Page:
Relative earnings productivity equals the ratio of actual to maximum earnings added to -1 (see the equation at the bottom left of this chart). Why scale REP in this odd way? In order to depict a range from zero, where actual and maximum earnings are equal, to a very large negative number where actual earnings are far less than maximum earnings. The last observation in Google's REP schedule sends a clear message to investors. In the ten quarters following its IPO, Google management systematically guided the company to the point of nearly optimizing operating expenses and costs by the close of the 2nd quarter of 2007.
CLIMBING THE ATTRACTION CURVE
Oddly enough the calculation of relative earnings productivity using market share attraction theory assumes a strong linear relationship between sales revenues and company expenses. This assumption sometimes is violated in financial accounting data, but it is quite easily tested with a scatter diagram. The following chart shows the relationship between Google's share of operating expenses and costs [SOC] on the horizontal [x] axis and its share of revenues [SOR] on the vertical [y] axis.
Beginning with the quarter ending June 30, 2005 in the lower left-hand corner of the chart, Google incurred total operating expenses and costs of $909 million or 11.2% of both company's $8.081 billion total expenses and costs. Google generated $1.384 billion or 12.0% of $11.545 billion combined revenues. Now, 0.8% may not seem like much until you realize it represents an opportunity gain of over $65 million in expenses and costs of serving the market.
In the quarter ending September 30, 2007 in the upper right-hand corner the chart above, Google management captured 23.5% of the $17,993 billion in combined revenues, while incurring 27.1% of the $10.758 billion in combined expenses and costs. The difference between Google's SOR and SOC was -3.567 share points. The company incurred an opportunity loss of $383.8 million. There is a high (0.9) correlation between Google's share of revenues and share of costs. Only the two green markers in this chart are above the (implicit) 90 degree line of equal proportionality. The fitted trend line is unfavorable. As Google's share of revenues doubled from 12% to 24%, it became less efficient. Note the slope of the trend line is 0.8 (with an intercept of 3.0 share points). If revenues and costs were proportional the slope would be one.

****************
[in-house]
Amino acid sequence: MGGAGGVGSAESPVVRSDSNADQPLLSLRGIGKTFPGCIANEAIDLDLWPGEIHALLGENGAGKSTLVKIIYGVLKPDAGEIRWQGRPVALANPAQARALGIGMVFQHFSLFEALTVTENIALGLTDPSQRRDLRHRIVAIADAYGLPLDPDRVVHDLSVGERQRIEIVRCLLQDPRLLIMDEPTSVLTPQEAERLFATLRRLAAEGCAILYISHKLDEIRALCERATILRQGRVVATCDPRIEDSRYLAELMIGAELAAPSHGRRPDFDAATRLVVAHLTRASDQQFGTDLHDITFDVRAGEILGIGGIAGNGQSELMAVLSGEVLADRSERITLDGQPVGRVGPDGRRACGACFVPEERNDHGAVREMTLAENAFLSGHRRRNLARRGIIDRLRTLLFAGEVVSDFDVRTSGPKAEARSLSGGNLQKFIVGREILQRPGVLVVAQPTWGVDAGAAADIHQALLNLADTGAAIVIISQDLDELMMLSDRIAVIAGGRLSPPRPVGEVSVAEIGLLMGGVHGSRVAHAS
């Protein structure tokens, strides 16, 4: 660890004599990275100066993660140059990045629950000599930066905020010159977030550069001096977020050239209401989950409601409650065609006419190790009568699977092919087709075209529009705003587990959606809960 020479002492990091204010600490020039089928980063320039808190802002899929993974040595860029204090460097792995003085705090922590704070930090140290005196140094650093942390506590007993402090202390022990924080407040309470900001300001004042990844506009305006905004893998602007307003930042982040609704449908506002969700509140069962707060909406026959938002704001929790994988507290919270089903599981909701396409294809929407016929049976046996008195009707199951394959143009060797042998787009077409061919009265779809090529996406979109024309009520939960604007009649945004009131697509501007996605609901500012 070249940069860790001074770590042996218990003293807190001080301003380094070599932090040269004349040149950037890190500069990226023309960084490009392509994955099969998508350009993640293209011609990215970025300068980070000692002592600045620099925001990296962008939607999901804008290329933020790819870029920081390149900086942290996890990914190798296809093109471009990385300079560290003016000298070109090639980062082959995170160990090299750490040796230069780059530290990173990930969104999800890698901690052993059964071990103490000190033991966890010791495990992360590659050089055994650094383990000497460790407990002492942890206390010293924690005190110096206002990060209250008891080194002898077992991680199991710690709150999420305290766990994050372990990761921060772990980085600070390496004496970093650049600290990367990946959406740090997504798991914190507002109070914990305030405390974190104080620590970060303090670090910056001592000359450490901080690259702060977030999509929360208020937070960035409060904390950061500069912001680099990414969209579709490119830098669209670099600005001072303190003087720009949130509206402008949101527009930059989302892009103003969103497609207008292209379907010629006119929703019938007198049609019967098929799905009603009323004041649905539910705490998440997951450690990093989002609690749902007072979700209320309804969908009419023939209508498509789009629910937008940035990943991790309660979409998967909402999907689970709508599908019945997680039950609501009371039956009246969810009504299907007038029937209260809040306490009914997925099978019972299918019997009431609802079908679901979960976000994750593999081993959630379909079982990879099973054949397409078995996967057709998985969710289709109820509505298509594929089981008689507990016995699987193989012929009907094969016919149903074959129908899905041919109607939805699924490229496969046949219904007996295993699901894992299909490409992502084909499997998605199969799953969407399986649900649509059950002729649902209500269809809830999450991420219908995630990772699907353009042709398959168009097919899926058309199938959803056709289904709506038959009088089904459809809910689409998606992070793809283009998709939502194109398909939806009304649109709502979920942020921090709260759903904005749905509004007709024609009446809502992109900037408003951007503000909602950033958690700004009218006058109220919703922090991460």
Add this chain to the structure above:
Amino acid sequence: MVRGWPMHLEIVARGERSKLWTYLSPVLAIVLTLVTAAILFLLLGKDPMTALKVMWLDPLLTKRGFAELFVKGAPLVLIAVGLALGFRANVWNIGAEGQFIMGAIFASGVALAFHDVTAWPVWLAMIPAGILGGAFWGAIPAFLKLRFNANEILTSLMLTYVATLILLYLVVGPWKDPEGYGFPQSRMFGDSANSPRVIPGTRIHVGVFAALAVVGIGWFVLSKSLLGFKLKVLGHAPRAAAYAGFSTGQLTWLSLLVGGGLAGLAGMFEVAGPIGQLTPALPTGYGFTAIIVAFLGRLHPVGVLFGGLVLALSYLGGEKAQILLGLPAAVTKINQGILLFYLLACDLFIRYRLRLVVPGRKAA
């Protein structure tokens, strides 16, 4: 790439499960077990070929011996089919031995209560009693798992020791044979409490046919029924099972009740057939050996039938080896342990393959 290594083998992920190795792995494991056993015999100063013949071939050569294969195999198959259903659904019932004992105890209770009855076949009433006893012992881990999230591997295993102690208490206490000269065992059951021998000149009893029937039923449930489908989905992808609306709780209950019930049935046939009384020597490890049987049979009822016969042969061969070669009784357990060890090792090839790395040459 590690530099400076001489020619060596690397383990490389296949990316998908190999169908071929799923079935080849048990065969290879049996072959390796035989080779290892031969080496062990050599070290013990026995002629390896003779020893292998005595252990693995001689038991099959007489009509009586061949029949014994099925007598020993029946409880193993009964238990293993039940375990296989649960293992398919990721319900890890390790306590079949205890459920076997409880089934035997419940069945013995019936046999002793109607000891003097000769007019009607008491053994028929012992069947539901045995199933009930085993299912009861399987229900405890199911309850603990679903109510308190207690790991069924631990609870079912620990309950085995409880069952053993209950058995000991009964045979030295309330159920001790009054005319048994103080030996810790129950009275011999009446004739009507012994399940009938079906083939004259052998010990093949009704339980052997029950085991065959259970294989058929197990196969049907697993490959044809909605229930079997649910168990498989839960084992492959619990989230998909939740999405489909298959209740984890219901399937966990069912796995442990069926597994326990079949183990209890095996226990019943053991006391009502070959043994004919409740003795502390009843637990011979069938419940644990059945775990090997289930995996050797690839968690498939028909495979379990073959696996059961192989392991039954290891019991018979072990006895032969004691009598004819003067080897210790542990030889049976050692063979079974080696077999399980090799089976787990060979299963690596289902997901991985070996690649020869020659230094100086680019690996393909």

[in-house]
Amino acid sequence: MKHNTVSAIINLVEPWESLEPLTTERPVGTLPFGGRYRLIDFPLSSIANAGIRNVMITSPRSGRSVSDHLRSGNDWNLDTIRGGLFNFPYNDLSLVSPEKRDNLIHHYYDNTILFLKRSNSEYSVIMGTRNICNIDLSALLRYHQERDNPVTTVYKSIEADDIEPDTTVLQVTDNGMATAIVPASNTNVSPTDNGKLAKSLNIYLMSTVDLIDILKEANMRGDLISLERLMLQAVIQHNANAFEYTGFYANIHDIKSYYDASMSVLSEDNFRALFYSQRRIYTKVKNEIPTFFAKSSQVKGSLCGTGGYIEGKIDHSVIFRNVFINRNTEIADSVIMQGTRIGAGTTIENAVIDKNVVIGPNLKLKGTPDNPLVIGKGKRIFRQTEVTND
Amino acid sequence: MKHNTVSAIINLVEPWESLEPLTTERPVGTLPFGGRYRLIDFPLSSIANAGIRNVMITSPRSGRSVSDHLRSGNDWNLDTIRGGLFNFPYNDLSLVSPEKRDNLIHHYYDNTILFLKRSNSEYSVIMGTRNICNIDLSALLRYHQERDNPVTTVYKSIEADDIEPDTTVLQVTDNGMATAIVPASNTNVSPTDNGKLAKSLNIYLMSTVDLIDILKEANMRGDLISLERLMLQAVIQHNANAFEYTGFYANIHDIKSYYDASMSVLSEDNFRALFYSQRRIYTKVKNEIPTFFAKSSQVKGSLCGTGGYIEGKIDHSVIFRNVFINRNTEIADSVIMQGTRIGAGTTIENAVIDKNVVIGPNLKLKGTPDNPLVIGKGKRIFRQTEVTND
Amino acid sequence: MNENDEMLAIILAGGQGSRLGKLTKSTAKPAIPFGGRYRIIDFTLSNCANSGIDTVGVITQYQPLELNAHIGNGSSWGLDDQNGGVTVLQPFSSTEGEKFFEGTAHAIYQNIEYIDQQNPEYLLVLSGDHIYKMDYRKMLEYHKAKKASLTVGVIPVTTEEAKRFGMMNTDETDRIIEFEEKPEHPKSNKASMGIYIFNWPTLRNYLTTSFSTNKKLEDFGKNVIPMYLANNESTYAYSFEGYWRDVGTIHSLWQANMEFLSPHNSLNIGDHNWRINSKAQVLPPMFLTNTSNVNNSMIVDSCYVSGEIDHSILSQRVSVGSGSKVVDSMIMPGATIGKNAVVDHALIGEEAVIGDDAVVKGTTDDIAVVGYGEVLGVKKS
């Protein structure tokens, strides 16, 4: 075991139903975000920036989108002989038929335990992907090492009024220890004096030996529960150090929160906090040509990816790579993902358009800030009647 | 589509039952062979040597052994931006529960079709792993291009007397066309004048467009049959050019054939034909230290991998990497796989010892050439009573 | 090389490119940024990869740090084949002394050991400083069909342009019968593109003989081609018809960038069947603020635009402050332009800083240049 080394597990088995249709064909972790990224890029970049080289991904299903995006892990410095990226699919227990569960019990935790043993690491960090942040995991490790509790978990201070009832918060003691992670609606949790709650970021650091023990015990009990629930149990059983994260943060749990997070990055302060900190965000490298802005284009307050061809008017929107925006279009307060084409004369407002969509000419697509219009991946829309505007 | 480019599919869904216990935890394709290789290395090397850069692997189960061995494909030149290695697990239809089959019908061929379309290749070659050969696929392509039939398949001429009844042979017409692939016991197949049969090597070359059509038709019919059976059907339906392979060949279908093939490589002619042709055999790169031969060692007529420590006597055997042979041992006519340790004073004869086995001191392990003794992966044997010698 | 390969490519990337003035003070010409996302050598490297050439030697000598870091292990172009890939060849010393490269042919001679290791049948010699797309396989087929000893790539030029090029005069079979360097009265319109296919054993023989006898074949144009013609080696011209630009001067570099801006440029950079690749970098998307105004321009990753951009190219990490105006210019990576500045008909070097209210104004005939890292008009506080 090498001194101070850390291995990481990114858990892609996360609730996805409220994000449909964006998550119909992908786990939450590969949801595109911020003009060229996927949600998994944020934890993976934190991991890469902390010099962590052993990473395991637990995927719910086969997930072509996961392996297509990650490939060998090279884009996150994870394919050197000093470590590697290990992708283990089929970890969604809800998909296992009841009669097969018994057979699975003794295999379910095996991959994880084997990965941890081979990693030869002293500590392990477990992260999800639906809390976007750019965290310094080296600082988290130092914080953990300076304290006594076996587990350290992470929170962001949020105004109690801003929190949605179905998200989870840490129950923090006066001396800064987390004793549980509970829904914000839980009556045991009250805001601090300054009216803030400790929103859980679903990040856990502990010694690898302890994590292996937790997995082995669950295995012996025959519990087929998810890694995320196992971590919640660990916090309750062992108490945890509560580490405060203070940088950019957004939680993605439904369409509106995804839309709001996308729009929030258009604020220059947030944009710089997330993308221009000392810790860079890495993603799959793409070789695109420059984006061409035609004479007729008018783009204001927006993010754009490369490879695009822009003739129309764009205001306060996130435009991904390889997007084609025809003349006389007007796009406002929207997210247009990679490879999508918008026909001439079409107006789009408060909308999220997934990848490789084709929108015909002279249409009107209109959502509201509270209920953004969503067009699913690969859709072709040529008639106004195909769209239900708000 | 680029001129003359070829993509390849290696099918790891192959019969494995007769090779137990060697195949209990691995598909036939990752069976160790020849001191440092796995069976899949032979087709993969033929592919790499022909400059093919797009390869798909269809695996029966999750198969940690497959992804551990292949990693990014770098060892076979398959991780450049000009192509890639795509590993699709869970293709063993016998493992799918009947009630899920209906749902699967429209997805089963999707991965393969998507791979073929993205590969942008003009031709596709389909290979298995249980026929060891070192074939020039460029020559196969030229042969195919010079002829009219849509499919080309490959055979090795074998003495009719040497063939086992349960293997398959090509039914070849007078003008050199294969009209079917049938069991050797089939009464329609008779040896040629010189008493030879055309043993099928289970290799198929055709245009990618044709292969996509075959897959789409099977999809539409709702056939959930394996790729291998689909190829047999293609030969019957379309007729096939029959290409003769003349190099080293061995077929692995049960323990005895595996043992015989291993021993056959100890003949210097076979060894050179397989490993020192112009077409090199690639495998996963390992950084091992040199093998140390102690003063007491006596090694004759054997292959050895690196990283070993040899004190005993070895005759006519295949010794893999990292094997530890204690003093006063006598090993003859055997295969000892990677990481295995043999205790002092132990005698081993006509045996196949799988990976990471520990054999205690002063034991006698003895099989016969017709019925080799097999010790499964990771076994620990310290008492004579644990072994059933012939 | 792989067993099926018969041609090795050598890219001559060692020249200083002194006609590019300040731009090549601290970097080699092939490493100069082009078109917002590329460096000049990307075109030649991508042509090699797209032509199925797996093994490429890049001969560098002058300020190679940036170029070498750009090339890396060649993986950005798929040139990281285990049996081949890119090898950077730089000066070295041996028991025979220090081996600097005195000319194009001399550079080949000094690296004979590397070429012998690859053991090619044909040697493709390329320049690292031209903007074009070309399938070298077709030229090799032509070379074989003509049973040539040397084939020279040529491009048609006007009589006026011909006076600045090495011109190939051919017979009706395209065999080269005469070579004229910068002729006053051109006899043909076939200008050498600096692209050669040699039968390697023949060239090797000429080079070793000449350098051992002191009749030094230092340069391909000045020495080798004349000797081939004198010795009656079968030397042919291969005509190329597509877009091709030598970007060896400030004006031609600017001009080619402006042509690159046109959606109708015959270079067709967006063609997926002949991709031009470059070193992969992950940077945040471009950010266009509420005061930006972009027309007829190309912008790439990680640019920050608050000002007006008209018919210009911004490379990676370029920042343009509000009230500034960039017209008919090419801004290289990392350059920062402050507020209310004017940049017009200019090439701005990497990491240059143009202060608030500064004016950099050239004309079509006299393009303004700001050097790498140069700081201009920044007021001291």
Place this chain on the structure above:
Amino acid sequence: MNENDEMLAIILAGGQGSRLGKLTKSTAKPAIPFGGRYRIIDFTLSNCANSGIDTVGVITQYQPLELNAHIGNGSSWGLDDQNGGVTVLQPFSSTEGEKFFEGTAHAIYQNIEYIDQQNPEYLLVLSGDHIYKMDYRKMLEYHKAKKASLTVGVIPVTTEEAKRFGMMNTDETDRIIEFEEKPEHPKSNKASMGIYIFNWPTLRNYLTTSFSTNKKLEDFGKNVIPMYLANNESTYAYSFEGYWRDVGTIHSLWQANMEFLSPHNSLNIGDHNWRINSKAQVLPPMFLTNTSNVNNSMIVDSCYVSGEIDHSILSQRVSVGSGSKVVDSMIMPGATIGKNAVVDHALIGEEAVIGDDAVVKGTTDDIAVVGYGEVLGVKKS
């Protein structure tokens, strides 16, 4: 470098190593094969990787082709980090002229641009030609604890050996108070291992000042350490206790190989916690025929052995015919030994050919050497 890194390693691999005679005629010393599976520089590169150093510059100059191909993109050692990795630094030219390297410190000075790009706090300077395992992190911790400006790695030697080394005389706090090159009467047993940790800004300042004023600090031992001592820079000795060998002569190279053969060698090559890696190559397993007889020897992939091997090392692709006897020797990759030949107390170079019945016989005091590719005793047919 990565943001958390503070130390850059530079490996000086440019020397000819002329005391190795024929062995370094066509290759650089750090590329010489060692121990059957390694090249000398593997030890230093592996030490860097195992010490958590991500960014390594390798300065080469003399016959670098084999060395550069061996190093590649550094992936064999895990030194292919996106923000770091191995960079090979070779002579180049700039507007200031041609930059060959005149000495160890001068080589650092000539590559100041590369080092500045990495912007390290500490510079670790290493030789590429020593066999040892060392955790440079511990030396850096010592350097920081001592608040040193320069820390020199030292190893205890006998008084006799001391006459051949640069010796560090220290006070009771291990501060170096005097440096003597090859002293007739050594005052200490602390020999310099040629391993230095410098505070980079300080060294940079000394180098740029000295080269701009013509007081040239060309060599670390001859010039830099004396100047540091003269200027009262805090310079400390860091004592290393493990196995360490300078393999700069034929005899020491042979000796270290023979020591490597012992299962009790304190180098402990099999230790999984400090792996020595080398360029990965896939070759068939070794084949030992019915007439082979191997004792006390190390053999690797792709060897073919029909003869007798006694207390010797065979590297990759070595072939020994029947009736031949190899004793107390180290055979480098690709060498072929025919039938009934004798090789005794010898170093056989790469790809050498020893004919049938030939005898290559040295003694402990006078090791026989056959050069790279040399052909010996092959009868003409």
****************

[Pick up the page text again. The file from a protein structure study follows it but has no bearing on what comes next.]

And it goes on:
SLIDING DOWN THE ATTRACTION CURVE
With only two companies in the analysis of market share attraction the result for Microsoft is a mirror image of that for Google. Beginning with the quarter ending June 30, 2005 in the upper right-hand corner of the following figure, Microsoft incurred $7.172 billion or 88.8% of the $8.081 billion combined operating expenses and costs of the two companies. At the same time Microsoft generated sales revenues of $10.161 billion, or 88.0% of combined revenues. As before, 0.8% may not seem line much until you realize it represents an opportunity loss of over $65 million.
Turn the clock forward ten quarters and Microsoft's share of revenues fell to 76.5% while incurring 72.9% of combined expenses. The difference between Microsoft's SOR and SOC in September 2007 was +3.567 share points which produced an opportunity gain of $383.8 million. Only the two red markers are below the (implicit) line of equal proportionality. The trend is favorable. As MSFT's share of revenues dropped it became more efficient. As before, the slope of the fitted trend is 0.8. If revenues and costs were proportional the slope would be one.